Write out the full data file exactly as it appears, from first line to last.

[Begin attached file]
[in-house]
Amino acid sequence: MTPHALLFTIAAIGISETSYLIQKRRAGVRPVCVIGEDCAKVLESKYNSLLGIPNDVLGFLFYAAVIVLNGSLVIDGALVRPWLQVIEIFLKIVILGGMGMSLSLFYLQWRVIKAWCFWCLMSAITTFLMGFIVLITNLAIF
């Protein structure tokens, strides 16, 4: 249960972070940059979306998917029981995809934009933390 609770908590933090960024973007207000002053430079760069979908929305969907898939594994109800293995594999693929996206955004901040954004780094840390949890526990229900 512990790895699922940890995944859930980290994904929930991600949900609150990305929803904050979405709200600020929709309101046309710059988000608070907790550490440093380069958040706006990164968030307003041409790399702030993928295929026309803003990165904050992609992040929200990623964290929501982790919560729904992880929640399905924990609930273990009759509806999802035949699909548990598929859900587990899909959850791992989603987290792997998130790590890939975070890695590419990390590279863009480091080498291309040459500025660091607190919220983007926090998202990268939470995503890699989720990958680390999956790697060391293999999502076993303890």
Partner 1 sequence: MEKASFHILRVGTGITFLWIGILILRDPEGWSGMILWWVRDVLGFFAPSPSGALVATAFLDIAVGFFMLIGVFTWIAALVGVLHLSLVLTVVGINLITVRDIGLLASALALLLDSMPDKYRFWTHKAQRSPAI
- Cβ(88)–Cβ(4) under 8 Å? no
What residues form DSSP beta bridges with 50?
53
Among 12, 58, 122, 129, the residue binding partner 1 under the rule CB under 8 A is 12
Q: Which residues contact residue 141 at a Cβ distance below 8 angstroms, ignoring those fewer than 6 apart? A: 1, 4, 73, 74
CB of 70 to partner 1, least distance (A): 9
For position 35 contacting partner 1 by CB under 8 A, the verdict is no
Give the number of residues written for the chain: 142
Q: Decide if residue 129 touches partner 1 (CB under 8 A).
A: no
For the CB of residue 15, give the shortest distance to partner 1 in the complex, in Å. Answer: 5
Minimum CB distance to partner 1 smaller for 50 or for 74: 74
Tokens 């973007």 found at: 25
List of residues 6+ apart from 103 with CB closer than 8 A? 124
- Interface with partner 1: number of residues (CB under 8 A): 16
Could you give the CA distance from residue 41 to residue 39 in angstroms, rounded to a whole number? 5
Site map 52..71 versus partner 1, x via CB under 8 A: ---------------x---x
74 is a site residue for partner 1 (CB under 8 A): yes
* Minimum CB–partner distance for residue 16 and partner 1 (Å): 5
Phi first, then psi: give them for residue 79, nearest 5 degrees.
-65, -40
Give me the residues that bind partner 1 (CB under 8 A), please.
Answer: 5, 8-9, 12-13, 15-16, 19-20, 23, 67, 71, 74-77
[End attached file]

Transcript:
[in-house]
Amino acid sequence: MTPHALLFTIAAIGISETSYLIQKRRAGVRPVCVIGEDCAKVLESKYNSLLGIPNDVLGFLFYAAVIVLNGSLVIDGALVRPWLQVIEIFLKIVILGGMGMSLSLFYLQWRVIKAWCFWCLMSAITTFLMGFIVLITNLAIF
């Protein structure tokens, strides 16, 4: 249960972070940059979306998917029981995809934009933390 609770908590933090960024973007207000002053430079760069979908929305969907898939594994109800293995594999693929996206955004901040954004780094840390949890526990229900 512990790895699922940890995944859930980290994904929930991600949900609150990305929803904050979405709200600020929709309101046309710059988000608070907790550490440093380069958040706006990164968030307003041409790399702030993928295929026309803003990165904050992609992040929200990623964290929501982790919560729904992880929640399905924990609930273990009759509806999802035949699909548990598929859900587990899909959850791992989603987290792997998130790590890939975070890695590419990390590279863009480091080498291309040459500025660091607190919220983007926090998202990268939470995503890699989720990958680390999956790697060391293999999502076993303890």
Partner 1 sequence: MEKASFHILRVGTGITFLWIGILILRDPEGWSGMILWWVRDVLGFFAPSPSGALVATAFLDIAVGFFMLIGVFTWIAALVGVLHLSLVLTVVGINLITVRDIGLLASALALLLDSMPDKYRFWTHKAQRSPAI
- Cβ(88)–Cβ(4) under 8 Å? no
What residues form DSSP beta bridges with 50?
53
Among 12, 58, 122, 129, the residue binding partner 1 under the rule CB under 8 A is 12
Q: Which residues contact residue 141 at a Cβ distance below 8 angstroms, ignoring those fewer than 6 apart? A: 1, 4, 73, 74
CB of 70 to partner 1, least distance (A): 9
For position 35 contacting partner 1 by CB under 8 A, the verdict is no
Give the number of residues written for the chain: 142
Q: Decide if residue 129 touches partner 1 (CB under 8 A).
A: no
For the CB of residue 15, give the shortest distance to partner 1 in the complex, in Å. Answer: 5
Minimum CB distance to partner 1 smaller for 50 or for 74: 74
Tokens 């973007």 found at: 25
List of residues 6+ apart from 103 with CB closer than 8 A? 124
- Interface with partner 1: number of residues (CB under 8 A): 16
Could you give the CA distance from residue 41 to residue 39 in angstroms, rounded to a whole number? 5
Site map 52..71 versus partner 1, x via CB under 8 A: ---------------x---x
74 is a site residue for partner 1 (CB under 8 A): yes
* Minimum CB–partner distance for residue 16 and partner 1 (Å): 5
Phi first, then psi: give them for residue 79, nearest 5 degrees.
-65, -40
Give me the residues that bind partner 1 (CB under 8 A), please.
Answer: 5, 8-9, 12-13, 15-16, 19-20, 23, 67, 71, 74-77